Photo by: Adit Dixit
We recently caught up with Toronto musician and content creator Akintoye who has gone viral for his videos about being broke (viewed over 29M times), addressing racism, and the state of COVID-19. He also went viral on the platform in April 2022 for his song “Pizzazz” (286K+ creations) where he discusses overcoming depression in a lighthearted manner. 

We asked Akintoye about his new album which dropped in September, creating digital content, musical influences, and much more. Check out our conversation below.

What is your favorite thing about being a content creator?

It has to be the creative freedom I get. My content and my identity online are dictated by my choices. It feels amazing to be able to grow and experiment and share it with people in real time who identify with my journey and my growth. 

How did you officially get involved with TikTok?

I started posting on TikTok because a friend of mine kept telling me to download the app so she could send me funny videos. I had already been posting content on my other social media accounts with very little growth so I applied that same idea to TikTok without really knowing what it was and my first real TikTok video reached a million views in a week. After that I realized it was something I needed to take the time to learn and understand.

Who would you say are some of your musical influences?

I have a ton of influences from such a wide variety of styles of music. I’ve always gravitated towards the greats like Jay Z, Biggie, Eminem and Big L. I’ve also always been a fan of the newer legends like Drake, Kendrick and Cole. I do draw influence from artists from other genres like Michael Jackson and the grooves of old school soul legends like Aretha Franklin. I’ve even found myself dipping my toes in some of the elements of James Brown’s music. My influences are really all over the place.

Did you always know that music was something you wanted to pursue?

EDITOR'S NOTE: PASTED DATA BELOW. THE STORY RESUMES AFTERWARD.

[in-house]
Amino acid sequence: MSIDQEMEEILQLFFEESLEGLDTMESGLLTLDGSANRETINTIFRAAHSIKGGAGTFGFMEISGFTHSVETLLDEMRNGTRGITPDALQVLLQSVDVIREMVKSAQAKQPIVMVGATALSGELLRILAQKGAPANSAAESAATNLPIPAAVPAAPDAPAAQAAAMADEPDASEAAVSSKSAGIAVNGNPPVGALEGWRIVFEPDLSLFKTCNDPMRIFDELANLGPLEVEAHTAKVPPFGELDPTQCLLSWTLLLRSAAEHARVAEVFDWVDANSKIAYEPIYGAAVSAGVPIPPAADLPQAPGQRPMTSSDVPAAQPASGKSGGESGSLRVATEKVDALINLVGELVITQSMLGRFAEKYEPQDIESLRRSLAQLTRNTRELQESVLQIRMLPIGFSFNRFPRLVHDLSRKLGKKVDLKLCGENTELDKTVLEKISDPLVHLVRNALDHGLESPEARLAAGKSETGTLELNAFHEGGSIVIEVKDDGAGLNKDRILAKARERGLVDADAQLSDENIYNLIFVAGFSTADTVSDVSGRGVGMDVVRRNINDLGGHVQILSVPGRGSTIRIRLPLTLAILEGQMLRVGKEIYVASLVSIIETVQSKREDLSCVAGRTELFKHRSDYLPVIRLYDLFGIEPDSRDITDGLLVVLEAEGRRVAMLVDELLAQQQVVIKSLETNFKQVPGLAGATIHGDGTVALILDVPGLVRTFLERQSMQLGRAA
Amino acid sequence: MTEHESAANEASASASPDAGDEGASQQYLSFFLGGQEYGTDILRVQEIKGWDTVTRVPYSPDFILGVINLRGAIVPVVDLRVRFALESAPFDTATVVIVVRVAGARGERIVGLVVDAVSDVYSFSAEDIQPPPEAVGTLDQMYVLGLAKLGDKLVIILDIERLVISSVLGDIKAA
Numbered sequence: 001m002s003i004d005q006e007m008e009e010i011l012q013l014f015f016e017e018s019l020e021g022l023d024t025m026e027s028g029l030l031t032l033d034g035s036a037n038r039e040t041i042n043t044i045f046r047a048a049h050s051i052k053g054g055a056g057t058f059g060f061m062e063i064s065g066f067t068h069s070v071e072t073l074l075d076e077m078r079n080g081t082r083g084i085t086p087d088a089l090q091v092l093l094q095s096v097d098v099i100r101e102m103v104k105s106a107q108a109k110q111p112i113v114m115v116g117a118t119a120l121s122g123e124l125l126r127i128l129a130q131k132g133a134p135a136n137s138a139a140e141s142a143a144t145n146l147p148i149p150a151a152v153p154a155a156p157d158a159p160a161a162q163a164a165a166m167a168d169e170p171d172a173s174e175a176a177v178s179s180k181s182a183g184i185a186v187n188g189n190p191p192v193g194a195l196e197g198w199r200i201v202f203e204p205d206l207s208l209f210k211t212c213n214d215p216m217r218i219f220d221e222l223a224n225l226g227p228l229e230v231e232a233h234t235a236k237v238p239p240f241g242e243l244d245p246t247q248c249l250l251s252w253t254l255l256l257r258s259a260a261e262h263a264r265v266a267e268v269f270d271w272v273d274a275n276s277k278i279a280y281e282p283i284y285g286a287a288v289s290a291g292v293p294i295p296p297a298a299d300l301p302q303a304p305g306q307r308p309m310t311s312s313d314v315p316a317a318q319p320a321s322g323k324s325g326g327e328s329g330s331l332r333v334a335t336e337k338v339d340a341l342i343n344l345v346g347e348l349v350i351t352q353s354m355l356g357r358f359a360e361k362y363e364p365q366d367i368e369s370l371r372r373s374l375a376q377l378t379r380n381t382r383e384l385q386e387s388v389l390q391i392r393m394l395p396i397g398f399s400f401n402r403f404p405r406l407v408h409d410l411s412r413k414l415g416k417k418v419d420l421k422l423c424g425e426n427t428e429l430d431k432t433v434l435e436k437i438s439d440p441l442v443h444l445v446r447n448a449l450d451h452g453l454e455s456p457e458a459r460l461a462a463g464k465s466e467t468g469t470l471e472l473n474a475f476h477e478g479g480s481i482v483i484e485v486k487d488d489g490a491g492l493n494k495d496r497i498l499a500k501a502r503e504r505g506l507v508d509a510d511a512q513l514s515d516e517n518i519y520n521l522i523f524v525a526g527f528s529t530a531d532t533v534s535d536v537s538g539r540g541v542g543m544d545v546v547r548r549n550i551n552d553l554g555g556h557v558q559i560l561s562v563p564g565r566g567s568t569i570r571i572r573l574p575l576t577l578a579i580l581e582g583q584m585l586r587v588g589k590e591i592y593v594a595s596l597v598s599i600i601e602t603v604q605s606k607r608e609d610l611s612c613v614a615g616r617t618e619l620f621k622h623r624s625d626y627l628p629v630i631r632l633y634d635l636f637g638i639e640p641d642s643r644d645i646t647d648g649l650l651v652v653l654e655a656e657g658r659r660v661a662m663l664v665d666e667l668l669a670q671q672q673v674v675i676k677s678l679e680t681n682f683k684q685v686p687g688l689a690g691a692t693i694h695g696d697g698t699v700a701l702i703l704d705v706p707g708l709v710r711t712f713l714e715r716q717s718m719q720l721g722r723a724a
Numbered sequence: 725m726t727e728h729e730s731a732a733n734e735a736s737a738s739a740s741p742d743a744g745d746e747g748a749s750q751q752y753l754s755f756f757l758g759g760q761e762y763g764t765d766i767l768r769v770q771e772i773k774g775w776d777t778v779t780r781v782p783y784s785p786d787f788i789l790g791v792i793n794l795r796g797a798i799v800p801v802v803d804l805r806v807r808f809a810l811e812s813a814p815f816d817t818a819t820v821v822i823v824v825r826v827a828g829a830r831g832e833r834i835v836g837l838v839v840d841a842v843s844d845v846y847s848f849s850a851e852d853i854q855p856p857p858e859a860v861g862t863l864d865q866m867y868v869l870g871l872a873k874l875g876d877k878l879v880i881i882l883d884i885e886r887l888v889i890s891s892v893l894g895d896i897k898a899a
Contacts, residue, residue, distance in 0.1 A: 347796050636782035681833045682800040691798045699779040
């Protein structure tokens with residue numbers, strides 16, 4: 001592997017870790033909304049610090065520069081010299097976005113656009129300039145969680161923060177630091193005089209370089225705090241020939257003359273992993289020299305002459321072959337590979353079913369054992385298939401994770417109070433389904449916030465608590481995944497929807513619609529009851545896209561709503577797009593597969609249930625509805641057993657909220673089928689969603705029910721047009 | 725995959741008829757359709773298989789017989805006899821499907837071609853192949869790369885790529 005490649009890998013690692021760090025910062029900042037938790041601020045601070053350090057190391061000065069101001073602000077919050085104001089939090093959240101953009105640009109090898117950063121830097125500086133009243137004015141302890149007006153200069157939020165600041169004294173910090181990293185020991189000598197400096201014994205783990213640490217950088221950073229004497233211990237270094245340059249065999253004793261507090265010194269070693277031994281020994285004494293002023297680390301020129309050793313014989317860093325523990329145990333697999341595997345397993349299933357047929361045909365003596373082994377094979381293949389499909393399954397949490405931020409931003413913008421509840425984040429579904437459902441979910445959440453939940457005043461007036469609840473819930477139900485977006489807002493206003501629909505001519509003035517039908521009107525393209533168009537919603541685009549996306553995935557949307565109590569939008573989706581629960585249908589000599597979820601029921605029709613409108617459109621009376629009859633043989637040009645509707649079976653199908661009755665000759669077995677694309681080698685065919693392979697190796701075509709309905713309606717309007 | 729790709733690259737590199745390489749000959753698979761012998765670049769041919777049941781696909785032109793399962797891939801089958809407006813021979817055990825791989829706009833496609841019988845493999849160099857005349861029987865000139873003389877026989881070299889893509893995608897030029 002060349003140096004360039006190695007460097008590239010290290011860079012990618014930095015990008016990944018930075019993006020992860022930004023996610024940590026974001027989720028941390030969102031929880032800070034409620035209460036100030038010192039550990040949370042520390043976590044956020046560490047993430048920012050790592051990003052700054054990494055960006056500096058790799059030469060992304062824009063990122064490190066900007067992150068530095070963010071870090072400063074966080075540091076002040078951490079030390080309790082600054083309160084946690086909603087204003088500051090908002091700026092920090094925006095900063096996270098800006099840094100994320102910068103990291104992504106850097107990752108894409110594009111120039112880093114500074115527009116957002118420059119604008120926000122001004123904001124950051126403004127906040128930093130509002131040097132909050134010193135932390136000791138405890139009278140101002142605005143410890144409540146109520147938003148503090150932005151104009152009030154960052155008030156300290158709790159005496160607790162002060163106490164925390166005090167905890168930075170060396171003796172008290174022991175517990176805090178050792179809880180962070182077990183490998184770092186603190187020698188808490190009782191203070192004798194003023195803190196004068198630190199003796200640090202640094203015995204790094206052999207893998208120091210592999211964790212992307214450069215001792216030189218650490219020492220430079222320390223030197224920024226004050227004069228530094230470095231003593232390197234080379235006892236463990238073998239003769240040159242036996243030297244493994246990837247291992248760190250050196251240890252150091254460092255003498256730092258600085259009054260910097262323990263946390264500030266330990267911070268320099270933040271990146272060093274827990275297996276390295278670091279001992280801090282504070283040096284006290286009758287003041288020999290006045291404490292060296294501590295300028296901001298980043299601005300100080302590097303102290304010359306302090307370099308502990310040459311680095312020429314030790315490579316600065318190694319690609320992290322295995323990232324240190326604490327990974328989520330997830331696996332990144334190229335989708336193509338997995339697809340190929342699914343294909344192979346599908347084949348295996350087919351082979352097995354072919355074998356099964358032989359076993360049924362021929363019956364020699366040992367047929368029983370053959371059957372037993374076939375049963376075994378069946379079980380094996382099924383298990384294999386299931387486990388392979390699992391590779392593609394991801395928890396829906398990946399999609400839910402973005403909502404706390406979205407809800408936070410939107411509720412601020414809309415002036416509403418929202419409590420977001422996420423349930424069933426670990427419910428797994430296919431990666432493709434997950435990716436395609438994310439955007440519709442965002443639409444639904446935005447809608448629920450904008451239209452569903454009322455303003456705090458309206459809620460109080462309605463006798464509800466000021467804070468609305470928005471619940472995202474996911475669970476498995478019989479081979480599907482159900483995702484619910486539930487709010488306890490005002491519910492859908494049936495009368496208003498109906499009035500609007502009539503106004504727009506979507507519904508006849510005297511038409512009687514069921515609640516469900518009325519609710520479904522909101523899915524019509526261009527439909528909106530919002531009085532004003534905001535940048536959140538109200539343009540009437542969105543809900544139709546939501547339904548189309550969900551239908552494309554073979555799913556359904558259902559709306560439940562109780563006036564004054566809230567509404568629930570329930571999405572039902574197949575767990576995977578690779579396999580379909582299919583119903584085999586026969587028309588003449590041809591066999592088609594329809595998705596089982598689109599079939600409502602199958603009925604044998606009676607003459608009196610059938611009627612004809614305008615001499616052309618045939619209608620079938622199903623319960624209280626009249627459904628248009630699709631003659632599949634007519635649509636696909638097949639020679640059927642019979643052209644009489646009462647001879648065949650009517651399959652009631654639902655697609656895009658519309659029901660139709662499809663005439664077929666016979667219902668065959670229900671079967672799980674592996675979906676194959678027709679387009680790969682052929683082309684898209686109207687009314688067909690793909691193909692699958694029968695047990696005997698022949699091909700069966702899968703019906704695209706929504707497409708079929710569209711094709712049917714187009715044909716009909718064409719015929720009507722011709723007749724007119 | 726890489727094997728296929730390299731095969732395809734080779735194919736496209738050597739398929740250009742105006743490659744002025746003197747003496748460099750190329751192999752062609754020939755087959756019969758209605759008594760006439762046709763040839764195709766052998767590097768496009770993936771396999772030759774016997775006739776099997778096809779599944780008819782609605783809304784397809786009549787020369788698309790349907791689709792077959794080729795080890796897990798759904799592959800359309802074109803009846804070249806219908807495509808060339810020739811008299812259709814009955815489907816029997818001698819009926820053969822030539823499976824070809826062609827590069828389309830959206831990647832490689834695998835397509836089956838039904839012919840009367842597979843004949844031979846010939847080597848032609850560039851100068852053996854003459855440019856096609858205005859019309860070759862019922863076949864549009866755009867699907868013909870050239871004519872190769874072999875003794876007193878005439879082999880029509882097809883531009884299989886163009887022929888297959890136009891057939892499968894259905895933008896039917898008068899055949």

I think I did. I’ve been rapping since I was 10 years old and it’s been the only real consistent thing in my life since I was a child. I naturally fell in love with the culture and the history as well as the real technical aspects of the music. It wasn’t until I was put in a position to focus on music before everything else that I really was able to say with confidence that rapping was what I’m meant to do.

What advice would you give to aspiring musicians?

My biggest piece of advice to aspiring musicians is to be as honest as possible. There’s nothing more important than being able to look at your catalogue and know it is full of your authentic thoughts and feelings. It also guarantees you’ll attract people who are similar to you, as opposed to people who like the persona you’ve created.

What can you tell us about your album and the messages with it?

My album Anxiety & Circumstance was the culmination of a 23 year journey with anxiety. I’ve struggled with anxiety for my whole life, with the intensity being at its highest over the last 5 years or so. Making music for me is a therapeutic experience, so I was able to verbalize and understand my journey through the songs on the project. During my anxious days, I find myself listening to the album to ground myself and remind myself of how far I’ve come and who I am. 

What was it like headlining a show in Toronto?

It was easily one of the best moments of my life. Building a following on social media (especially during the pandemic) comes with a major issue. Nothing feels tangible. The views and comments and likes feel like they only exist in your phone. That’s why moments like the show are so important. Those are the moments where it all feels real. Getting on stage and seeing hundreds of people gathered in a venue just to see me do what I love is a feeling I can’t describe. I’m gonna be looking for ways to surpass that feeling for the rest of my life.


Stream Anxiety & Circumstance here

Follow Akintoye: Instagram|TikTok|Twitter

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